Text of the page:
Four Things a Black Woman Wishes She Knew Before Going to the Dominican Republic

1. Do research on black travel in your country

Over the years, more minorities are traveling the world and creating more blogs, Instagram pages, and YouTube videos to help other minorities who want to follow in their footsteps. These resources that cater to the black experience abroad give positive representation about black travelers and Afrocentric destinations, such as Morocco and “Little Africa” in Paris. In addition, they give excellent advice on how to pack for your trip, exciting destinations to visit while in your host country, and restaurants that serve delicious food. Some pages worth looking at are “” and @oneikatraveller.

2. Bring your own natural hair care products and makeup

In the Dominican Republic, La Sirena is essentially another version of Walmart and is the supermarket where study abroad students will shop for most items. They have a wide range of products from yoga mats to coffee machines, but I’ve found that the variety stops in selections that cater to those with curly hair or dark skin. Although most women in this country have brown or dark skin, an overwhelming majority of the foundations in the supermarket hold translucent to beige tones.

The search for natural hair care yielded better results. I am happy to say that there is a natural hair movement starting in the Dominican Republic, which means that there are places to get your hair done and products for sale. “Cantu” and “Afrolove” are the top hair care brands that I’ve found at the supermarket while salons that braid hair or provide simple wash and goes are just a concho ride away.  

3. Racism and sexism are prevalent and easily seen in this society 

Unfortunately, as minorities, we have to consider how the color of our skin will affect our travels. In some countries, the response is positive, but others still have progress to make. In the Dominican Republic, racial tensions are fueled by its relationship with its neighboring country, Haiti, and are easily noticeable in society. As a black woman, I’ve experienced racist jokes, numerous catcalls, and various microaggressions as a result of a society that doesn’t accept its African roots and favors Machismo culture.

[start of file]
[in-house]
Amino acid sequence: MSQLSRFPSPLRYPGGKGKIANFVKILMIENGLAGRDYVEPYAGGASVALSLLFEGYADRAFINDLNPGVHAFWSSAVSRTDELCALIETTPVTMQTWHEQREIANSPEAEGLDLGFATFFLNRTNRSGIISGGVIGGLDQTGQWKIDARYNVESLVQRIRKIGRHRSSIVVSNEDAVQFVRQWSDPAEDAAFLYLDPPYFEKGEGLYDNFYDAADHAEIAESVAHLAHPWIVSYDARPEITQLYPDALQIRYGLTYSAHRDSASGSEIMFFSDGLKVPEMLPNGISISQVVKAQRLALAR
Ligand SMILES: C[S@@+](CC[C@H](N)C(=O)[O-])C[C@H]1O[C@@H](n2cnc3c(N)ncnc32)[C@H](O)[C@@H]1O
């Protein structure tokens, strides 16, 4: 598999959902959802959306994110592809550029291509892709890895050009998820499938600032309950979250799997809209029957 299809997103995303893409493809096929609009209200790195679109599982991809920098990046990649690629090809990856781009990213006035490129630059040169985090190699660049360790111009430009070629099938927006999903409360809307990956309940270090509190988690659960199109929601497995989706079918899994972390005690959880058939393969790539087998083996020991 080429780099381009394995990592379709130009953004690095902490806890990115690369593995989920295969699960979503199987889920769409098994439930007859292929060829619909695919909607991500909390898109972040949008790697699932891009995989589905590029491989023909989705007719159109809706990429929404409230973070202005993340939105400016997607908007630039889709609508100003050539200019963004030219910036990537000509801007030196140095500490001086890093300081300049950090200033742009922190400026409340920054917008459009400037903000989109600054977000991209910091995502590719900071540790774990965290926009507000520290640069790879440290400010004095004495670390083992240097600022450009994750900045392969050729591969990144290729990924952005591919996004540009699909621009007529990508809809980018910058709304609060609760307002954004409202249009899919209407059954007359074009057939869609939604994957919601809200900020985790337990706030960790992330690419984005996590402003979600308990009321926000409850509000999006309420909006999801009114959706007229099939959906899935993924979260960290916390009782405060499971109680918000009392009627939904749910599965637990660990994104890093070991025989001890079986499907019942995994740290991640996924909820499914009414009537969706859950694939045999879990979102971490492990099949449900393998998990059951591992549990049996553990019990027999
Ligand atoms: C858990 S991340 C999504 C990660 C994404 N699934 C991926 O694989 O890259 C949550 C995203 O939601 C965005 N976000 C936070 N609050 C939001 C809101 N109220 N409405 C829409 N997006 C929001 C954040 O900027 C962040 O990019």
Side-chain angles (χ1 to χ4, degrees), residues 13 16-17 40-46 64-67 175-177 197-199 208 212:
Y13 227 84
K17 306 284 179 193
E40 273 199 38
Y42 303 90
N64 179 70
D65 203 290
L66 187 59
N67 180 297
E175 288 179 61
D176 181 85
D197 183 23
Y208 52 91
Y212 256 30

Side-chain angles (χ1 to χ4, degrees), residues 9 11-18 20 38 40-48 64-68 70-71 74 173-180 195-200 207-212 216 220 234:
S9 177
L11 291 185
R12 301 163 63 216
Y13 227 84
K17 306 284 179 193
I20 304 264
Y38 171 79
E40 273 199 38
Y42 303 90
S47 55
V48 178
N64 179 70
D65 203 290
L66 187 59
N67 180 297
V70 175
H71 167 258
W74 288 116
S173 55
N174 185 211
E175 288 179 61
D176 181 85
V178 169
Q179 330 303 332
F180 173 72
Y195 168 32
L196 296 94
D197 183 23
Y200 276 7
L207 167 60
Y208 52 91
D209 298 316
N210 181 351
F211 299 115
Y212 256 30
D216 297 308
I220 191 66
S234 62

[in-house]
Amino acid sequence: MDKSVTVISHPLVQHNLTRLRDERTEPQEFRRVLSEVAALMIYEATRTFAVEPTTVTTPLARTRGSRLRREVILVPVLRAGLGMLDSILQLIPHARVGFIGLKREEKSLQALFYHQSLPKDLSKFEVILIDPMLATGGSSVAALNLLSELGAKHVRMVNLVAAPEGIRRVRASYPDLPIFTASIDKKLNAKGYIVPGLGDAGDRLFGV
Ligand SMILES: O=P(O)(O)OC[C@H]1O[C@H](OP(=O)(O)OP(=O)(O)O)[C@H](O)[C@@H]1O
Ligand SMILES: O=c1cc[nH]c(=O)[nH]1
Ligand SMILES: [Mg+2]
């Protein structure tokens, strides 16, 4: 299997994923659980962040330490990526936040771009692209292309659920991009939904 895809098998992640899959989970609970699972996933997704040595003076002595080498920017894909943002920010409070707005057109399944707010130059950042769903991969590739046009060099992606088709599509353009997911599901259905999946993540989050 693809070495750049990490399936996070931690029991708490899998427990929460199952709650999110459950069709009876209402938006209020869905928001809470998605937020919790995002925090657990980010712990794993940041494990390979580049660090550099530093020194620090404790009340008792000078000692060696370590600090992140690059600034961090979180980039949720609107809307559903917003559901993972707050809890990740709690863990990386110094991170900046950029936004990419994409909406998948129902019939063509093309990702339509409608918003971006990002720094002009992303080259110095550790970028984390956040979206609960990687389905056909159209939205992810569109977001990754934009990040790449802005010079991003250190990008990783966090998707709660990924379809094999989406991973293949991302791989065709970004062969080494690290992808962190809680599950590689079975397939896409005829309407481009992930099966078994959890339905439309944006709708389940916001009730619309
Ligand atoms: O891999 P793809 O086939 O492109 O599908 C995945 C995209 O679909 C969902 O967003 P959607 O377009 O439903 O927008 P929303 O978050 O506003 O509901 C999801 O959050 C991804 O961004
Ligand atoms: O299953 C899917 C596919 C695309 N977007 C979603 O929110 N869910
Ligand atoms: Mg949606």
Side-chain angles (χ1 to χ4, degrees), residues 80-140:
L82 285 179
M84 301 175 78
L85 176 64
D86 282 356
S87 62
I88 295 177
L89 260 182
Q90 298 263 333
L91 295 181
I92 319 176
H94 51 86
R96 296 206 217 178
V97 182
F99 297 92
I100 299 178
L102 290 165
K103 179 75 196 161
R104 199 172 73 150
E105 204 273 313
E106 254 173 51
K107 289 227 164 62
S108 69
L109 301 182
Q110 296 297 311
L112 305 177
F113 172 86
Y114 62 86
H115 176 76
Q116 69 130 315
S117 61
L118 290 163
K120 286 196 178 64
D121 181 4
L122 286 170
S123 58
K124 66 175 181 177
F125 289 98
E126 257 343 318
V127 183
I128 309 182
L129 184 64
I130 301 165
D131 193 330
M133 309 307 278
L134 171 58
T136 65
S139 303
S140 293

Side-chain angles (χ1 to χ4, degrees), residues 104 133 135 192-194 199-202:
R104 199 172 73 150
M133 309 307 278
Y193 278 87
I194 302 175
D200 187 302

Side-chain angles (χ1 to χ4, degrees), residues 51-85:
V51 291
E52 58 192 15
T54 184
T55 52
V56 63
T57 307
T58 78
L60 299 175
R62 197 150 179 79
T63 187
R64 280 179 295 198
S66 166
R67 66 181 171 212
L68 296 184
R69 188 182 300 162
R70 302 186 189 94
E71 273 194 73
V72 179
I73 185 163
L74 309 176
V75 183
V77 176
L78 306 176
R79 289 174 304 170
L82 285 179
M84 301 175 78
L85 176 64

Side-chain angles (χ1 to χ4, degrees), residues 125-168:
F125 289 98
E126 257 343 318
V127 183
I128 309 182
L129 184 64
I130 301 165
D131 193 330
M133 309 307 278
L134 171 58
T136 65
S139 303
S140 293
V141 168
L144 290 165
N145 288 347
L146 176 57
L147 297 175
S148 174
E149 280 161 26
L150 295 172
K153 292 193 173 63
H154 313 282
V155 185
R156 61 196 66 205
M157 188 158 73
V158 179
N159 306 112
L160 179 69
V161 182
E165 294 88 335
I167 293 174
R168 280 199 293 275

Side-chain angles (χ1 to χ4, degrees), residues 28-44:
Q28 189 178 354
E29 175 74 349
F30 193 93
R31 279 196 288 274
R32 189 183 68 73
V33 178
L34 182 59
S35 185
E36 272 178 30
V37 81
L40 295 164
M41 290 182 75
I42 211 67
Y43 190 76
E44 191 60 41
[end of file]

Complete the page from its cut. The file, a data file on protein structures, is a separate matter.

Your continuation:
It shocked me that in a country filled with brown-skins, I feel like I’m studying at a Predominately White Institution (PWI) because those who are able to afford a good education are disproportionately white-passing Dominicans. Although it’s important to refrain from allowing the fear of discrimination to decide your destination, its also important to be mentally prepared and find ways to cope with these experiences. I advise women of color to branch out and develop support systems for when incidents occur. I’m fortunate enough to be surrounded by other women of color, allies, and trusted figures of authority who have given me support when I needed it the most.   

4. The experience will be unforgettable

Studying abroad is an amazing experience and, even though I’ve had some culture shock, I’m glad the Dominican Republic was my chosen destination. I’ve found that there is much to learn about the world through the eyes of this country and there are many who will accept you for who you are along the way. I’ve learned that it is essential to visit other parts of the country, like Samana, which hold the waterfalls of El Limon, the beautiful beaches of Las Terrenas, and provide a refreshing change of scenery for African American travelers due to its unique acceptance of its African heritage. Above all, I’ve seen that an open mind can make studying in the Dominican Republic one of the most rewarding journeys that you will ever take.

The city of Samana, home to the whales.

Oluwaseun Showunmi is a student at Towson University and is an ISA Featured Blogger. She is studying abroad with ISA in Santiago, Dominican Republic.

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